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Vermicompost Production: Enriching the Soil for Better Vegetables

Posted On: February 20, 2024
Farmer Abdul Jalil Akon holds a handful of vermicompost in front of the concrete rings that hold his vermicompost operation.
Farmer Abdul Jalil Akon sits with a handful of vermicompost in front of the concrete rings that hold his vermicompost operation.

Since its inception in 2020, East-West Seed Knowledge Transfer Foundation Bangladesh has encouraged farmers to use organic inputs like vermicompost (earthworm manure) and organic mulch for a better environment and better soil health. Building on this, in April 2023 we started a vermicompost production program under the Smart Farming, Healthy Food project.

A Vermicompost Primer

Making vermicompost is relatively easy but requires attention to detail. The process involves creating a suitable environment for earthworms to decompose organic matter into nutrient-rich compost, called vermicompost. Factors to consider include maintaining the right moisture level, ensuring proper aeration, and controlling the temperature. 

Earthworms thrive in shaded environments, which help to regulate the temperature and moisture levels essential for optimal worm activity and decomposition. Additionally, shade protects the composting material from direct sunlight, which can dry it out and hinder decomposition. Providing a shaded area for the vermicompost operation contributes to the overall success and productivity of the composting process.

Vermicompost Opportunities for Farmers

When we trained farmers on seedling production, we found that there was a shortage of good organic matter for growing quality seedlings, with farmers relying on a mixture of soil, manure, and rice husks. In discussing options with farmers, we identified vermicompost as a particularly effective medium in which to start seedlings. Vermicompost can also be applied in the field to improve soil health, reducing the use of chemical fertilizers. Chemical fertilizers and animal manure contribute to carbon emissions, and using vermicompost is one way to reduce the release of carbon to the environment.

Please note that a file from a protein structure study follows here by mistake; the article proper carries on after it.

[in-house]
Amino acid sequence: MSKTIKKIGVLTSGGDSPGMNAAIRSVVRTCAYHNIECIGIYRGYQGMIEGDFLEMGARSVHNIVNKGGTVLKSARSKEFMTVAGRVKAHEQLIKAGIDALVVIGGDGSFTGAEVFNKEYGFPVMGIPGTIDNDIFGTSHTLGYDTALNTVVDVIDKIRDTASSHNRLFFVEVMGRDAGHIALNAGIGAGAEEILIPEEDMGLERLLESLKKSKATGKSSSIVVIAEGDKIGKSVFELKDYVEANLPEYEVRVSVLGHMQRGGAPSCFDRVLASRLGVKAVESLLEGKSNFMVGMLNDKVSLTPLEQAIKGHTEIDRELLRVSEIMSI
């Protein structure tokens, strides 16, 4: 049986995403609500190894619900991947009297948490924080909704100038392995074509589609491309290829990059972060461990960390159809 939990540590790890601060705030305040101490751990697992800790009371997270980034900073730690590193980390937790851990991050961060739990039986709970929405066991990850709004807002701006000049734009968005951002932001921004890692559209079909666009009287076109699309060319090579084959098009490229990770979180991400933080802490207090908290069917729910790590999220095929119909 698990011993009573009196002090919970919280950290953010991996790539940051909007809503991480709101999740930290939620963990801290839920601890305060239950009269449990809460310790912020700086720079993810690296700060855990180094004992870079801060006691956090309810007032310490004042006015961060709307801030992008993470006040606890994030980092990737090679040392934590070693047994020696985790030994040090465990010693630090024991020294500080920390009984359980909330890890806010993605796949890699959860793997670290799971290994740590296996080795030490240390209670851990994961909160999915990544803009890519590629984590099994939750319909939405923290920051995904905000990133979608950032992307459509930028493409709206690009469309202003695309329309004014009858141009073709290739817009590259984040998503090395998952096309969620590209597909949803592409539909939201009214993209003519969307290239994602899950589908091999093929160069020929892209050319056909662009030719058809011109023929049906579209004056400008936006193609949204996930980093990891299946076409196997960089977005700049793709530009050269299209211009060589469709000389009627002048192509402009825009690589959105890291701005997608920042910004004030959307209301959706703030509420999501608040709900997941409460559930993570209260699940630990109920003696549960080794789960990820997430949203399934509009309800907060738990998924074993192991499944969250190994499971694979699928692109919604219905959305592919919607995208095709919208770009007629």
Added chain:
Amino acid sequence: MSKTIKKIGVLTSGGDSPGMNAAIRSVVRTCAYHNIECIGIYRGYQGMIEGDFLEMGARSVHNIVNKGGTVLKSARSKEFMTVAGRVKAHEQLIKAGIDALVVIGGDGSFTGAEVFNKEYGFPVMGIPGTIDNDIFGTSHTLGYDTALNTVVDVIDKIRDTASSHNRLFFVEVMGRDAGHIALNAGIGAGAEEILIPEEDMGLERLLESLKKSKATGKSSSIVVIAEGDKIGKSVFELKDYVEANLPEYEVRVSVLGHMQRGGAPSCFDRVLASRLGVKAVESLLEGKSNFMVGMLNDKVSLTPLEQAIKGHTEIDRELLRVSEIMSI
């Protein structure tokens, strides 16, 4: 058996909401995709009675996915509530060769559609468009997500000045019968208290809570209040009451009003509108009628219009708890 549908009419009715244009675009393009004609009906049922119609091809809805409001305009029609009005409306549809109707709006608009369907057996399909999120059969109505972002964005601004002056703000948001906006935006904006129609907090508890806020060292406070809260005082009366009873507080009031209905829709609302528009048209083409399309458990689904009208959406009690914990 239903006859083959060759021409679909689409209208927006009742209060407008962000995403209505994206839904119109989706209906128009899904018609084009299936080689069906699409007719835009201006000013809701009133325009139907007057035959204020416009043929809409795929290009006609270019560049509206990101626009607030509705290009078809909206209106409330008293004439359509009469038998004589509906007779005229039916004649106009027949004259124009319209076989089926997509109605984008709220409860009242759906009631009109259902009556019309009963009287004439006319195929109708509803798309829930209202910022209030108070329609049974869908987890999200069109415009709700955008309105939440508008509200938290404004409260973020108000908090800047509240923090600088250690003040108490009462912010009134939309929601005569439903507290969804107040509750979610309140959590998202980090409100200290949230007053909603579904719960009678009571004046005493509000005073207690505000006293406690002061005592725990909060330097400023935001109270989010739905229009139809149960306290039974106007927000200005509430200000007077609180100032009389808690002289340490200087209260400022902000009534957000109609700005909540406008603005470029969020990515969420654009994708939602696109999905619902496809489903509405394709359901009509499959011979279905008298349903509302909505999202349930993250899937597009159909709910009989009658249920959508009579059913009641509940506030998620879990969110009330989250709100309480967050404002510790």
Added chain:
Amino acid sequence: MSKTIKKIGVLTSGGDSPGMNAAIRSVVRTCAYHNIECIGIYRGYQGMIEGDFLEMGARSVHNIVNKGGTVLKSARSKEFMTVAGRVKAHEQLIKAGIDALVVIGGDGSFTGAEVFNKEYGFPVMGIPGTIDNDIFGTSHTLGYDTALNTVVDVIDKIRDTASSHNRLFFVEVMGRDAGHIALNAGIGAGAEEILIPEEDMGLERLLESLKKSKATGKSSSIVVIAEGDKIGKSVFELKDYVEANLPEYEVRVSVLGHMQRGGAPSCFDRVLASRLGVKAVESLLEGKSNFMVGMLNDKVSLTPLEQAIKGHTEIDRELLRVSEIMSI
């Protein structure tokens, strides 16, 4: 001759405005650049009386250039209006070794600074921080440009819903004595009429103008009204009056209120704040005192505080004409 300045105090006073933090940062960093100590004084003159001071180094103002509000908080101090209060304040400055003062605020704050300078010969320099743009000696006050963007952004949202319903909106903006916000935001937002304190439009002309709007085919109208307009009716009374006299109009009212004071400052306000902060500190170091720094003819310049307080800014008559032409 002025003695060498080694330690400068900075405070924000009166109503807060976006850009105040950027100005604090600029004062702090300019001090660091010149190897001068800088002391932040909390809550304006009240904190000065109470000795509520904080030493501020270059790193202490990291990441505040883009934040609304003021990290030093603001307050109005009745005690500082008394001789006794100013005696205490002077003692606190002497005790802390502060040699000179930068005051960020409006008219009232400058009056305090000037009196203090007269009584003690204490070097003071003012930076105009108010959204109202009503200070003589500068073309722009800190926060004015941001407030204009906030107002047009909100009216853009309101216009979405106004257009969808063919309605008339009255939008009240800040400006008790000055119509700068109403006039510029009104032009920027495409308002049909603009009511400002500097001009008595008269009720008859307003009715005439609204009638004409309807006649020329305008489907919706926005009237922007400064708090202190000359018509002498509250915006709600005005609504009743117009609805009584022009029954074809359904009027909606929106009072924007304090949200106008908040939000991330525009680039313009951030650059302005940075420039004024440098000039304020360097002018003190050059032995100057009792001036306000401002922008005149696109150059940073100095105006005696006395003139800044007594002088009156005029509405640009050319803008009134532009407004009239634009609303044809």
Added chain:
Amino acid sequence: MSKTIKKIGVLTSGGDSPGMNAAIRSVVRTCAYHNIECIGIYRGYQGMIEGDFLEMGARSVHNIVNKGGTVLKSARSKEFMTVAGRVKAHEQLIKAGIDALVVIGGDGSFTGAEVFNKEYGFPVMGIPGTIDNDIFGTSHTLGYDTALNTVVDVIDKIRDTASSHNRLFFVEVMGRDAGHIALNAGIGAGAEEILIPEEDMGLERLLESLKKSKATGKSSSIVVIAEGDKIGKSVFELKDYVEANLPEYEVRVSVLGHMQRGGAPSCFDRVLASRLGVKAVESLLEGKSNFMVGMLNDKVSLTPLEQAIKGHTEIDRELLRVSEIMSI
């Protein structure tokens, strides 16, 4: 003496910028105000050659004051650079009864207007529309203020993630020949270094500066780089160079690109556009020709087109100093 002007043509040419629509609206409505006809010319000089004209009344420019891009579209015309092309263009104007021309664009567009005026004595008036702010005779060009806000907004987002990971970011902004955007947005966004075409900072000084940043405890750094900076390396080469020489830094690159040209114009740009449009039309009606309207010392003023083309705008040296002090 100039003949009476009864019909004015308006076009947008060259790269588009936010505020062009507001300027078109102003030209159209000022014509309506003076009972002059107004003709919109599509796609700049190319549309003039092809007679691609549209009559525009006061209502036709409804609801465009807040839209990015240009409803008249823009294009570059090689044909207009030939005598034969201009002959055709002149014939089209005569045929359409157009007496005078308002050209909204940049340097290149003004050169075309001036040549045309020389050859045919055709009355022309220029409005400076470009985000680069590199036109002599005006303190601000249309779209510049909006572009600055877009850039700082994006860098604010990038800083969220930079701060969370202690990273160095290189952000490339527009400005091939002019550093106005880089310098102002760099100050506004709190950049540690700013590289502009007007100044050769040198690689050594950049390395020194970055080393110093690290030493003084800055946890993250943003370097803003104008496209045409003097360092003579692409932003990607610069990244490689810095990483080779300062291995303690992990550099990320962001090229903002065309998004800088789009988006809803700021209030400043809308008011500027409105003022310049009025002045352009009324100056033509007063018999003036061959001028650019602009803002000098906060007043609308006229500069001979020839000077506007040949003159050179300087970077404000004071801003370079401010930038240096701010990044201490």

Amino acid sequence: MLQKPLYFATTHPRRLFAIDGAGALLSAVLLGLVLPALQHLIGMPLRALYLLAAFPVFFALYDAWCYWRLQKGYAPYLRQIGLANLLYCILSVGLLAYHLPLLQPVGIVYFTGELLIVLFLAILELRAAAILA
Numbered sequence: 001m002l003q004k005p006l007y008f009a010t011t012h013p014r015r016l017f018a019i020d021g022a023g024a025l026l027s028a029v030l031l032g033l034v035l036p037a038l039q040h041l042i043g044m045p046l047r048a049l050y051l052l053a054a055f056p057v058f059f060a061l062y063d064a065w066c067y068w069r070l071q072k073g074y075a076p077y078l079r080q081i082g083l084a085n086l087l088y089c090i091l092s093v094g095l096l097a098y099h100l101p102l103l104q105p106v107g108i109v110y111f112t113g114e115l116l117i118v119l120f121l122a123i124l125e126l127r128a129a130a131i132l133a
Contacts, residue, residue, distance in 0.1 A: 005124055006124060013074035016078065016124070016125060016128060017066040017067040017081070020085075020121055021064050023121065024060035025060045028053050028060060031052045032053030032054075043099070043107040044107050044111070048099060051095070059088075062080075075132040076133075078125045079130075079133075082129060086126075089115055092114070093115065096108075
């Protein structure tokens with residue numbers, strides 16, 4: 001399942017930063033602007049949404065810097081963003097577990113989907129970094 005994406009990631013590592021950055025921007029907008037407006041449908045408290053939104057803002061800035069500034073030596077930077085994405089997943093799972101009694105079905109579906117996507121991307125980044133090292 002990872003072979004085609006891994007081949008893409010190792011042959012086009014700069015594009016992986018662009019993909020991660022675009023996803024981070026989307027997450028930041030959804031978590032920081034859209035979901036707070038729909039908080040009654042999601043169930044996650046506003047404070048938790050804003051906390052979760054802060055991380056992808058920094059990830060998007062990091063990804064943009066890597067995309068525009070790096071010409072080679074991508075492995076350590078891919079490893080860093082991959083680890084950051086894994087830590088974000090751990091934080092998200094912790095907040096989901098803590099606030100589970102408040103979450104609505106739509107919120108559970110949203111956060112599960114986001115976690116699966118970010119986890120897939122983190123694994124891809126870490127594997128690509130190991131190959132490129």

Despite the benefits of vermicompost, it is not always available for purchase in southern Bangladesh, and it can be expensive to buy. We therefore decided to educate farmers about vermicompost production and to help them establish their own vermicompost operations by providing financial support and initial inputs—earthworms, netting, and a concrete ring to contain the worms.  

Amena Begum sifts her harvested vermicompost over a blue tarp.

While learning improved techniques for vegetable production, Amena Begum was introduced to the value of vermicompost. Soon after, she started her own vermicompost operation, with support from EWS-KT.

Read Amena’s story here.

In 2023, farmers established 23 vermicompost operations in 8 upazilas, or subdistricts. In the first 8 months of the program, the harvest from 14 of the vermicompost operations totaled 2,818 kilograms, and most of the farmers are now expanding. Farmers are using the vermicompost in their seedling production and in their fields. Some farmers are also capitalizing on entrepreneurial opportunities, selling their vermicompost—or extra earthworms—to other farmers.  

Through vermicompost production, farmers are able to increase their income while protecting the environment and enriching the soil for better vegetable harvests.

Interested in learning more about vermicompost production? Check out this video: